“Know Your Rights” – The Consumer Rights Act 2015
The majority of the Consumer Rights Act 2015 (the “Act”) is expected to come into force in October this year. Consumer law has developed piecemeal over the last few decades, and the Act is an attempt to modernise, reform and consolidate the existing law relating to the supply of goods, services and digital content by businesses to consumers.
For the purposes of the Act, consumers are those acting “wholly or mainly” outside of their business, so businesses should beware of being caught by the Act without realising, particularly when dealing with small businesses or micro-enterprises. This articles sets out a few key areas of change, and what they mean for businesses.
Guarantees and Remedies
The Act protects consumers partly by way of statutory guarantees, which set quality standards for products, and provide remedies if those standards are not met. Consumers now have tiered remedies for breach, allowing them to reject goods (in certain circumstances) or require a repair, replacement, reduction in price or re-performance (of services). These remedies cannot be excluded and so T&Cs should be reviewed to ensure they are not misrepresenting a customer’s rights.
Recent requirements regarding the provision of pre-contractual information (such as costs, additional charges, and certain rights to cancel) contained in previous legislation are made into implied contractual terms. Breach of those requirements makes it easier for a consumer to recover costs incurred as a result of that breach, up to the price paid by them. Providing the required information is now even more crucial, as failure to do so is more likely to result in consumer action.
As part of its modernisation, the Act has a specific section for digital content, which applies to both paid for and free content. Terms are implied into consumer contracts regarding quality, fitness for purpose, meeting descriptions, and the business’ right to supply the content, with (more limited) consumer rights for breach. Remedies are also available for consumers whose device or other content is damaged by the business’ content (such as through a virus) if the business was negligent in allowing it to happen.
The Act consolidates various legislation regarding unfair or unreasonable terms in consumer contracts. To recap, a business’ T&Cs must not cause a significant imbalance in the rights and obligations of the business and consumer, to the detriment of the consumer and contrary to the requirement of good faith. The previous exception to this rule, that provisions in plain and intelligible language which set out the main subject of the contract or the adequacy of the price against the product, was designed to prevent consumers claiming that a contract was unenforceable simply because it was a bad bargain. The Act keeps this exception, but in addition to being in plain and intelligible language, the provisions must also be prominent. The government intends to issue guidance on what it means by “prominent” but businesses must ensure that the key provisions of their T&Cs are made obvious to consumers (for example by being at the beginning, highlighted, enlarged or otherwise flagged up).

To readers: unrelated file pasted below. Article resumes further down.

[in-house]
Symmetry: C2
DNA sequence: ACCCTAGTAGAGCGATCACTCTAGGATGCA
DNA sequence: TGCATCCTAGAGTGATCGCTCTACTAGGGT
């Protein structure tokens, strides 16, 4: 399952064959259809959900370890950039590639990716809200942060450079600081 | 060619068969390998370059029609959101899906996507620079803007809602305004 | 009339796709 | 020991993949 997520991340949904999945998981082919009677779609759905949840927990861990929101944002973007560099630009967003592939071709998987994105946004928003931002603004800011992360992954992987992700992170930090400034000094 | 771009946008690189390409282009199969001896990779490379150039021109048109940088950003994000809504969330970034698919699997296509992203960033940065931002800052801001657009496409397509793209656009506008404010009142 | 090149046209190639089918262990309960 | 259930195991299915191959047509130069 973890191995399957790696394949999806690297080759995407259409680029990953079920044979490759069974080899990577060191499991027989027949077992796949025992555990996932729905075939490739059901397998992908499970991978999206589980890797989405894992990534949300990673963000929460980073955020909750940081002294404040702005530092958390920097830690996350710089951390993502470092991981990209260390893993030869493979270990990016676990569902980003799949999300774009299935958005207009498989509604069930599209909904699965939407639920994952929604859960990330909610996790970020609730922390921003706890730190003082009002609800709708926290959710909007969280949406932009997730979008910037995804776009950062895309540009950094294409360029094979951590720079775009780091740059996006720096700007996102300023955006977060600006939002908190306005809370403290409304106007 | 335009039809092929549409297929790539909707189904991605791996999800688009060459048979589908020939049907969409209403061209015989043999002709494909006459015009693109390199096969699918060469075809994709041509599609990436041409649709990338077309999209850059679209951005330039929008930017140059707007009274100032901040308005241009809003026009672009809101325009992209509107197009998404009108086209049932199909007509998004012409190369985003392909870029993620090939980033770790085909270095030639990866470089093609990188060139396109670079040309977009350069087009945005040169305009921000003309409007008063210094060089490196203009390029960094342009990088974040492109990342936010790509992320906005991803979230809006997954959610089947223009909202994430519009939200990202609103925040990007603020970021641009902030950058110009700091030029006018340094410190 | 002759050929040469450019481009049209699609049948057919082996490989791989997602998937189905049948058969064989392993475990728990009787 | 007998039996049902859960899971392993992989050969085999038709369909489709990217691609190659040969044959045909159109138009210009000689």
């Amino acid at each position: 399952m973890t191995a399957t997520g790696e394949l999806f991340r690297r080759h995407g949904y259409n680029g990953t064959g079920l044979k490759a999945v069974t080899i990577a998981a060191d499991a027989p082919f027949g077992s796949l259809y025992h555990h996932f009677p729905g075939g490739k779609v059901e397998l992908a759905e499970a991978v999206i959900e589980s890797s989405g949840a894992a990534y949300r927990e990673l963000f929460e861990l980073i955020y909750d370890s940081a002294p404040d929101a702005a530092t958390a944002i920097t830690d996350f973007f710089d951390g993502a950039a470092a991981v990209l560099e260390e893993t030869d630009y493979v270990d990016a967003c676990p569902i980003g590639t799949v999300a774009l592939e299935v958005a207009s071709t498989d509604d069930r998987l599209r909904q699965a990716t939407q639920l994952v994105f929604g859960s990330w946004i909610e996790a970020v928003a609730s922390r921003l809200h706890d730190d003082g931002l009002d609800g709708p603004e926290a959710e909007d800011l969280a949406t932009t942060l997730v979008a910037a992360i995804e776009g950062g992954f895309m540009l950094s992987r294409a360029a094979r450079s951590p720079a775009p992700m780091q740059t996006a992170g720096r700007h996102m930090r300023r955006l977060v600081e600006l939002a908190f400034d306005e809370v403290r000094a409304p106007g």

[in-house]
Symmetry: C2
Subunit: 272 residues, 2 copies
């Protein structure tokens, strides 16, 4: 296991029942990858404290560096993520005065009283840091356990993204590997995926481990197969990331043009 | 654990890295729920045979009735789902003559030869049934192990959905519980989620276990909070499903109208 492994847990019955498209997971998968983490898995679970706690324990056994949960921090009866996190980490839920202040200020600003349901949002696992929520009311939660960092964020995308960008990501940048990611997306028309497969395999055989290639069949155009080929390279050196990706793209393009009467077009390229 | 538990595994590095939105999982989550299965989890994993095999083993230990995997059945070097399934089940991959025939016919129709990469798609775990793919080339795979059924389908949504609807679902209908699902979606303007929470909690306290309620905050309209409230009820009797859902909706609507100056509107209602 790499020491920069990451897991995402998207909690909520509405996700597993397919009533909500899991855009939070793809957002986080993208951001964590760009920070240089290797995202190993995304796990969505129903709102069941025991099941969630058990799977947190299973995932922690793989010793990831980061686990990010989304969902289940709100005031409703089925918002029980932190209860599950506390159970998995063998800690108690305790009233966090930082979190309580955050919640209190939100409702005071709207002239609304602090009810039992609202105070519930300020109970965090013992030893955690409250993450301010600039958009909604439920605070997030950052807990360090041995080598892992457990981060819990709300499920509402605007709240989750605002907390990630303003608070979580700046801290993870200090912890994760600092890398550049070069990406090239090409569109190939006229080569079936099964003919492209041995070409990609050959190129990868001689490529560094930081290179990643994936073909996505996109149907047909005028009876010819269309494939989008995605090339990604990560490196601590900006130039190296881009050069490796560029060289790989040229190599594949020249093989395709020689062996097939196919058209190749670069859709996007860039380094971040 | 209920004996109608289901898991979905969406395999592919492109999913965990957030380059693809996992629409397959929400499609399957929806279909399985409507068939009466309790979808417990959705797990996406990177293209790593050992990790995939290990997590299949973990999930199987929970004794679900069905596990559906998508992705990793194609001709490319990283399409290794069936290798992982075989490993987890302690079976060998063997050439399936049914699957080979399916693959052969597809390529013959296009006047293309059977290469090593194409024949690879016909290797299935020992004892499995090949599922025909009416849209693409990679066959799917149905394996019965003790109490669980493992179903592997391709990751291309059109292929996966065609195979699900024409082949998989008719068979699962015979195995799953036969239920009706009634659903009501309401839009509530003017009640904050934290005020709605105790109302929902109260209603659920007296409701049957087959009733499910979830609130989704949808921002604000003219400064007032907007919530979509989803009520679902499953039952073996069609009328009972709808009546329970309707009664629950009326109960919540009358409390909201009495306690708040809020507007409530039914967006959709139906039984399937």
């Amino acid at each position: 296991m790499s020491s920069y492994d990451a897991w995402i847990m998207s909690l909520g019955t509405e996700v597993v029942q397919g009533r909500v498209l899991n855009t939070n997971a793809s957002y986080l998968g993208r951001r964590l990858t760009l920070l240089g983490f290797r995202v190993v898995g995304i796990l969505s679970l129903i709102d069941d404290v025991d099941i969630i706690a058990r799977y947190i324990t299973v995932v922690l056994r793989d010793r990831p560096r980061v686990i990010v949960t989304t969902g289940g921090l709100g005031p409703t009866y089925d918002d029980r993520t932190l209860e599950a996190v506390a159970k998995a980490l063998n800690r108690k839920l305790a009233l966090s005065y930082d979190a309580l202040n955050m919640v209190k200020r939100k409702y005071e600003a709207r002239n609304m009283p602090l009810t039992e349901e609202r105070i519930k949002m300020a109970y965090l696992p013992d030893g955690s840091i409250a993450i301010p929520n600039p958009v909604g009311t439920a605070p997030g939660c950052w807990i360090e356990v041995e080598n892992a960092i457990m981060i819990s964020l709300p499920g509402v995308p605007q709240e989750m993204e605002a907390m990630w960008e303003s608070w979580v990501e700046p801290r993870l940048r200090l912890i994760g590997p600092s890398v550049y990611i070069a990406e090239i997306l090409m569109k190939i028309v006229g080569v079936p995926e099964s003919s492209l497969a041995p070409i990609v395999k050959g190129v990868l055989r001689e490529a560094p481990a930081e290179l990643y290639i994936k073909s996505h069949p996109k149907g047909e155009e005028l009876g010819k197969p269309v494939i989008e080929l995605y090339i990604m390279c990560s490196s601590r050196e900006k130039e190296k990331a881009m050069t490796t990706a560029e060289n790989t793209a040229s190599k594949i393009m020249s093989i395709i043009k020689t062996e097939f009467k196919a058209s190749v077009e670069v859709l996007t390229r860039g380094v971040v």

If the fairness test sounds vague, that’s because it is. The test relies upon context, and it’s difficult to pin down a precise definition of “fairness”. The Act does however incorporate previous “grey list” terms which may (but will not always) be unfair. Added to the list are terms requiring disproportionately high exit fees, or allowing the subject matter or price of a contract to be determined after the agreement. Businesses should ensure that they clearly set out their products and prices in advance of agreement, and avoid generic T&Cs which allow for them to be determined at some future point.
While T&Cs are the most common type of consumer contract, the Act now covers individually negotiated terms (which were previously not assessed). High net worth individuals and professional clients who the Act considers consumers may have the power to negotiate terms with businesses, but still have the protection of the fairness test.
As well as consumer contracts, the Act expands the fairness test (and some other statutory requirements) to notices provided to consumers in connection with a contract. So wording displayed on a website, on premises, in marketing materials, or on bills will be subject to the test of fairness. Content which businesses may have taken for granted, or not considered in a legal context, could now land them in trouble.
The powers and jurisdiction of the Competition Appeals Tribunal (CAT) have been considerably expanded, to encourage consumers to enforce their rights, and simplify the process for doing so. The CAT can also hear collective actions, in which groups of consumers (often under the umbrella of a consumer body such as “Which?”) jointly bring a claim against a business. Other sectoral and national regulators have also been given increased powers and flexibility. This may lead to greater scrutiny, and practices which are non-compliant, but went unpunished under the old regime, could now result in enforcement action. The Act may also apply to consumer contracts already in existence at the time it comes into force.
With the increased scope, strength and enforcement of consumer rights, there’s no time like the present to review your T&Cs, procedures and other content to ensure they are, and will be, compliant.